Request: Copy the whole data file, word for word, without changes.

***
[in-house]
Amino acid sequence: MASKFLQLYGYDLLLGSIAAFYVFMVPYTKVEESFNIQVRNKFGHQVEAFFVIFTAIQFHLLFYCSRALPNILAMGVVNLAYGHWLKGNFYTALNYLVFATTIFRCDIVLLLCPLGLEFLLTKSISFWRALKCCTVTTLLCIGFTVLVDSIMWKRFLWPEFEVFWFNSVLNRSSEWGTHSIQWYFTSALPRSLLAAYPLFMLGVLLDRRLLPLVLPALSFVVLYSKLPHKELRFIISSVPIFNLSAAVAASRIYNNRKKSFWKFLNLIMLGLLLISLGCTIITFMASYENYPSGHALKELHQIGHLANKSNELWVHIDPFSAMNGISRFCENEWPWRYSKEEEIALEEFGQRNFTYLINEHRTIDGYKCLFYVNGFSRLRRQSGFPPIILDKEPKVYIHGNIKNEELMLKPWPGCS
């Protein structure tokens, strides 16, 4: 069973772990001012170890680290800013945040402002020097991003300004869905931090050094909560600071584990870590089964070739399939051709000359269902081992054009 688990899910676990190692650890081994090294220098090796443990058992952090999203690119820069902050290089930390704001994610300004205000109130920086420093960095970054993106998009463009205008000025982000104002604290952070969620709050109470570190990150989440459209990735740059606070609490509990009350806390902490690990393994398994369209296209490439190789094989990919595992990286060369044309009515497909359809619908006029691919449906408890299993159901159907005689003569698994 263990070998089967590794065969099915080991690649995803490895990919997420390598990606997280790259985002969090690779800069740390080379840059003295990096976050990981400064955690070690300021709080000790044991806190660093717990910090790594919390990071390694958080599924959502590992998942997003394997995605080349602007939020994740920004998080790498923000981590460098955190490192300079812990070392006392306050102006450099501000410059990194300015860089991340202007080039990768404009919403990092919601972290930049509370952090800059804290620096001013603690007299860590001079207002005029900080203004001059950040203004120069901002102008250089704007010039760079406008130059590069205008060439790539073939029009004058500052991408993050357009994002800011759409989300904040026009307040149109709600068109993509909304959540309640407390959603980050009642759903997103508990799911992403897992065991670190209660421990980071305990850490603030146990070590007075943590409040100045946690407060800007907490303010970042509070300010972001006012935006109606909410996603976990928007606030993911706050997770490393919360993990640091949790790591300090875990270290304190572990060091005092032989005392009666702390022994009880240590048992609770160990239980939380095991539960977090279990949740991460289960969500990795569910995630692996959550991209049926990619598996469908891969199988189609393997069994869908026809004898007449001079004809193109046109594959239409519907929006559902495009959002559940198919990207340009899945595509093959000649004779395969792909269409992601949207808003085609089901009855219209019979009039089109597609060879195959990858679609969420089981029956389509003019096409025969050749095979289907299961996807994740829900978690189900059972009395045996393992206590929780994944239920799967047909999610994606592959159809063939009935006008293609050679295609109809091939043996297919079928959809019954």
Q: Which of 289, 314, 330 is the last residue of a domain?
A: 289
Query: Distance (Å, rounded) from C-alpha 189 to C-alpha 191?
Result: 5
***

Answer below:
[in-house]
Amino acid sequence: MASKFLQLYGYDLLLGSIAAFYVFMVPYTKVEESFNIQVRNKFGHQVEAFFVIFTAIQFHLLFYCSRALPNILAMGVVNLAYGHWLKGNFYTALNYLVFATTIFRCDIVLLLCPLGLEFLLTKSISFWRALKCCTVTTLLCIGFTVLVDSIMWKRFLWPEFEVFWFNSVLNRSSEWGTHSIQWYFTSALPRSLLAAYPLFMLGVLLDRRLLPLVLPALSFVVLYSKLPHKELRFIISSVPIFNLSAAVAASRIYNNRKKSFWKFLNLIMLGLLLISLGCTIITFMASYENYPSGHALKELHQIGHLANKSNELWVHIDPFSAMNGISRFCENEWPWRYSKEEEIALEEFGQRNFTYLINEHRTIDGYKCLFYVNGFSRLRRQSGFPPIILDKEPKVYIHGNIKNEELMLKPWPGCS
């Protein structure tokens, strides 16, 4: 069973772990001012170890680290800013945040402002020097991003300004869905931090050094909560600071584990870590089964070739399939051709000359269902081992054009 688990899910676990190692650890081994090294220098090796443990058992952090999203690119820069902050290089930390704001994610300004205000109130920086420093960095970054993106998009463009205008000025982000104002604290952070969620709050109470570190990150989440459209990735740059606070609490509990009350806390902490690990393994398994369209296209490439190789094989990919595992990286060369044309009515497909359809619908006029691919449906408890299993159901159907005689003569698994 263990070998089967590794065969099915080991690649995803490895990919997420390598990606997280790259985002969090690779800069740390080379840059003295990096976050990981400064955690070690300021709080000790044991806190660093717990910090790594919390990071390694958080599924959502590992998942997003394997995605080349602007939020994740920004998080790498923000981590460098955190490192300079812990070392006392306050102006450099501000410059990194300015860089991340202007080039990768404009919403990092919601972290930049509370952090800059804290620096001013603690007299860590001079207002005029900080203004001059950040203004120069901002102008250089704007010039760079406008130059590069205008060439790539073939029009004058500052991408993050357009994002800011759409989300904040026009307040149109709600068109993509909304959540309640407390959603980050009642759903997103508990799911992403897992065991670190209660421990980071305990850490603030146990070590007075943590409040100045946690407060800007907490303010970042509070300010972001006012935006109606909410996603976990928007606030993911706050997770490393919360993990640091949790790591300090875990270290304190572990060091005092032989005392009666702390022994009880240590048992609770160990239980939380095991539960977090279990949740991460289960969500990795569910995630692996959550991209049926990619598996469908891969199988189609393997069994869908026809004898007449001079004809193109046109594959239409519907929006559902495009959002559940198919990207340009899945595509093959000649004779395969792909269409992601949207808003085609089901009855219209019979009039089109597609060879195959990858679609969420089981029956389509003019096409025969050749095979289907299961996807994740829900978690189900059972009395045996393992206590929780994944239920799967047909999610994606592959159809063939009935006008293609050679295609109809091939043996297919079928959809019954």
Q: Which of 289, 314, 330 is the last residue of a domain?
A: 289
Query: Distance (Å, rounded) from C-alpha 189 to C-alpha 191?
Result: 5